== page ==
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Gluing Splinters In Dall Sheep Horns?

Discussion in 'Skulls and Skeletons' started by Wild Coast, Sep 14, 2019.

  1. Wild Coast

    Wild Coast New Member

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    Hey everyone! New to the forums, was stoked to find this amazing online community! Thanks in advance for your help, really appreciate it.

    I found a Dall Sheep horn while pack-rafting in the Yukon. It's in amazing shape, except a few splintering pieces. Wonder what is the best way to fix this? I'm assuming some type of glue and then clamp down the splinter? Would super glue work?

    A few pics:
    [​IMG]

    [​IMG]

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    [​IMG]

    Also, the one side of the horn appears to have a few blood stains and has a general pink hue to it, I'm guessing the animal didn't die too long ago!? I tried to scrub it with water and detergent, but the red stains and pink hue is still there - any advice on how to prepare/clean it?

    Here is a pic:


    [​IMG]

    The photos were taken right after I washed it, which is why it looks all wet/shiny btw.
     
  2. 13 point

    13 point Well-Known Member

    I believe you would need something with better gripping strength then super glue , something like a 5 min epoxy. Make sure it’s all under the area as you don’t want to see the glue. Believe it or not one of the best things to get blood off antlers and such is windex glass cleaner just spray it on soaking it pretty good then wipe off , maybe take an air hose to it to get it dry in the groves . Hope that helps ya out
     
    Wild Coast likes this.

  3. Wild Coast

    Wild Coast New Member

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  4. 13 point

    13 point Well-Known Member

    Yes sir
     
  5. Sea Wolf

    Sea Wolf Well-Known Member

    If you use the 5 min stuff, make sure none of it is visible along the edges. It will take a number of years but it can turn a hideous shade of orange. You could use Elmer's Glue as well but it will take longer for it to dry so leave it clamped for several days to a week. Try rinsing out the interior with hydrogen peroxide. Wedge the horn into an upright position so it holds the liquid. Pour in the peroxide and let it sit for a while. It will foam up while it eats away any hidden raw tissue and trapped blood. Bonus is that it will also kill bacteria. Pour it out after a while and let it dry. Should be good after that. Glue the chips after you are done cleaning it. You can also give it a rubdown with a 50/50 mix of turpentine and linseed oil after the chips are glued.

    Really nice find. Personally, I would have gone back up the shoreline a bit looking for the rest of that head.
     
    Last edited: Sep 17, 2019
  6. Great Skulls

    Great Skulls New Member

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    I agree 100% (as usual) with Sea Wolf. Especially: USE ELMER'S. Elmer's is basically made of the same stuff as the horn itself. It will dry more slowly, but it will ultimately give a better result over the long run. Just leave it clamped for quite a while. If the splinters are too springy to get good contact, you can try soaking the horn a bit.

    And like SW said, do this AFTER using peroxide on the inside.

    Really great find! Super jealous.
     
  7. Wild Coast

    Wild Coast New Member

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    @Sea Wolf by 'a while' do you mean 30min or a few days?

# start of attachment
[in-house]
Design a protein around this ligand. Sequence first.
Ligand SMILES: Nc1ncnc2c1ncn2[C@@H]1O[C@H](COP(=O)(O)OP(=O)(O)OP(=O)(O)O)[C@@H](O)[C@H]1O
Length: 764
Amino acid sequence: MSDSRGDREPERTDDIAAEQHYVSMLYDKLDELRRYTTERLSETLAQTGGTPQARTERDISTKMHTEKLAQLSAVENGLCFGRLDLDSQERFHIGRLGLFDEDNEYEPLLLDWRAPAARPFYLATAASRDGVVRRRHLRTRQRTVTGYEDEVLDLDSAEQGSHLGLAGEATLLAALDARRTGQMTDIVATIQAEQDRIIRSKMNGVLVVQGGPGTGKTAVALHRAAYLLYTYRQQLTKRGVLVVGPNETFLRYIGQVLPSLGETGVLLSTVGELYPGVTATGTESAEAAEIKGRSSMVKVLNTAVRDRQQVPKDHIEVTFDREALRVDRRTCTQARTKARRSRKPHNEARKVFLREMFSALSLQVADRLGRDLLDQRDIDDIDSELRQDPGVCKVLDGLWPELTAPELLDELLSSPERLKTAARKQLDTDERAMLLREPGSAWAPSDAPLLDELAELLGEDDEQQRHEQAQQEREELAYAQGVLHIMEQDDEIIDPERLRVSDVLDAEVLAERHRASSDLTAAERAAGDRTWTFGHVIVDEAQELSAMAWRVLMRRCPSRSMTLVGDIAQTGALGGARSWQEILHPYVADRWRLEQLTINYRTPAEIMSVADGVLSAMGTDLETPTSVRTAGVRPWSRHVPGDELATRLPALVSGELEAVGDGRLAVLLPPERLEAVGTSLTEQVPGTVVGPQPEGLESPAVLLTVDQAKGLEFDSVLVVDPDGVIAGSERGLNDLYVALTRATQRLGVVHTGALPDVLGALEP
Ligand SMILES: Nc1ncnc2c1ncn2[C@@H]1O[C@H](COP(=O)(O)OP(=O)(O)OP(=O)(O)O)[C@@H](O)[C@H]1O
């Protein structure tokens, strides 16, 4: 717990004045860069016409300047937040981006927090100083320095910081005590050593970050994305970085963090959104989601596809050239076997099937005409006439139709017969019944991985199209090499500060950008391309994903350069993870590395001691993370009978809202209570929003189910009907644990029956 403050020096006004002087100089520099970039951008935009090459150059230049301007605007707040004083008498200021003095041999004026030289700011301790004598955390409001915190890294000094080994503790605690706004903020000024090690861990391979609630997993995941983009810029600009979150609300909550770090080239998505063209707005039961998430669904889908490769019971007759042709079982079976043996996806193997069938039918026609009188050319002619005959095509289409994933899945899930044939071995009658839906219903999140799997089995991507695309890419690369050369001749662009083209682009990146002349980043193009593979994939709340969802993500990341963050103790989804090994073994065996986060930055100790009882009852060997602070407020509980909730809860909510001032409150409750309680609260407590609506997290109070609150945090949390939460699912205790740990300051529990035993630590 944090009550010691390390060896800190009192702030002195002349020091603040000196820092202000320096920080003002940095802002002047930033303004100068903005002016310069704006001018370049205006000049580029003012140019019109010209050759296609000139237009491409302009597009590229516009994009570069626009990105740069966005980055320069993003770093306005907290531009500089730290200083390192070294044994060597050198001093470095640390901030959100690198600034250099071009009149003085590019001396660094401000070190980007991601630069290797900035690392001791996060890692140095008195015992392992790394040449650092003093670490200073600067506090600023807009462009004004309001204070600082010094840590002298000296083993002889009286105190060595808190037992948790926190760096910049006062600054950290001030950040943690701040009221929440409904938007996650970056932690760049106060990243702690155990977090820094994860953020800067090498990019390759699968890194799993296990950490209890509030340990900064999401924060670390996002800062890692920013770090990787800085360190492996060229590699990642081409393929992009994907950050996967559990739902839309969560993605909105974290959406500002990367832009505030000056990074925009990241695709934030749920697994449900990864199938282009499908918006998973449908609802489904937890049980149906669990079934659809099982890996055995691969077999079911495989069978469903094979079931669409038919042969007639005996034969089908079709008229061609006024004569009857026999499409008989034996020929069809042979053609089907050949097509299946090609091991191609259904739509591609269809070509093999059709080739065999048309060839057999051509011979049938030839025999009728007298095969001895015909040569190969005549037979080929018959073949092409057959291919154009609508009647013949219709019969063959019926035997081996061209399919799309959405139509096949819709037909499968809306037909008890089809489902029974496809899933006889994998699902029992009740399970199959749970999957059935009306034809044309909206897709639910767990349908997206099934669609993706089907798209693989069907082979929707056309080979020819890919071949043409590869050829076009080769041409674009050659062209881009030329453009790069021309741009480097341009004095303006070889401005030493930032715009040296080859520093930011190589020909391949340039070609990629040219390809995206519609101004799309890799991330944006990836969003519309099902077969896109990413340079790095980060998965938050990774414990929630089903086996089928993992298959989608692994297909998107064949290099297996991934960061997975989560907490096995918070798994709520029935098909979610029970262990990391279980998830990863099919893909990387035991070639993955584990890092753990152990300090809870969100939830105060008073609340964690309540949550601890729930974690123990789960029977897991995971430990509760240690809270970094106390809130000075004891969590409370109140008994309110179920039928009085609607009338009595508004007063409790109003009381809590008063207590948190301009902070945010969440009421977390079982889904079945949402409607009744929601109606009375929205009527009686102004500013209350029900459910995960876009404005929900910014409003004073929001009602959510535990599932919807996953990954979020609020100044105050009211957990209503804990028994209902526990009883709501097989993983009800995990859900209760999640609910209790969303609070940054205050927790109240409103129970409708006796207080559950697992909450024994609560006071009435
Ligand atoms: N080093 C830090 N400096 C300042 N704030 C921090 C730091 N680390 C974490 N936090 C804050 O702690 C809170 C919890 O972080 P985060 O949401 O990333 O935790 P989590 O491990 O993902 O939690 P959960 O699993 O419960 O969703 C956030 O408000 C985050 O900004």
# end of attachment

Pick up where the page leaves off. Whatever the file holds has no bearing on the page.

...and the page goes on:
I'm assuming I should avoid getting any peroxide on the outside of the horn as it will bleach (i.e. whiten) it too much?

    I tried the Windex on the blood stains along with some serious brushing. Nothin'! Very persistent, the one side of the horn still has a pink hue to it. I might leave it alone? Or maybe brush with peroxide on the outside as well?
     
  8. Great Skulls

    Great Skulls New Member

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    I agree with SW that you should try pouring the peroxide, or... just leave it! If it is purely a cosmetic thing, it probably is fine to ignore it (do you spend a lot of time looking at the inside of the horn?), but if it smells at all, then a peroxide pour is a good idea.

    If I were gluing those splinters, here is what I would do (others feel free to correct my idea):

    1) See how flexible they are. Do they need a lot of pressure to push down or is it relatively easy to do?

    2) If they are very springy, then I would try soaking the part of the horn that is splintered in water for a few hours (maybe overnight?) and see if that helps soften it.

    3) Next, I would add a good amount of elmers glue under each splinter, push the splinter down, clean the glue that squirts out with a wet cloth and then hold it down with either duct tape or a clamp if tape won't do it.

    4) I'd leave it to dry for at least a day. Open one up and if it seems stuck, open the rest.

    5) If they spring back, repeat the procedure but leave them clamped longer.

    OR...

    Honestly, I would just leave them! That horn is great looking! It was a natural find, so let it look natural. You could stabilize it as SW said, but really it is a work of natural art and doesn't need improvement unless those splinters really are driving you nuts!
     
  9. Sea Wolf

    Sea Wolf Well-Known Member

    As above. If you use Elmer's I would use a furniture clamp and let it sit for several days to make sure it is really dry. They are across from each other and I bet you could clamp both at the same time with one clamp. I would resist using a set of Vice Grips if they look like they would fit. They will probably dent the horn material permanently.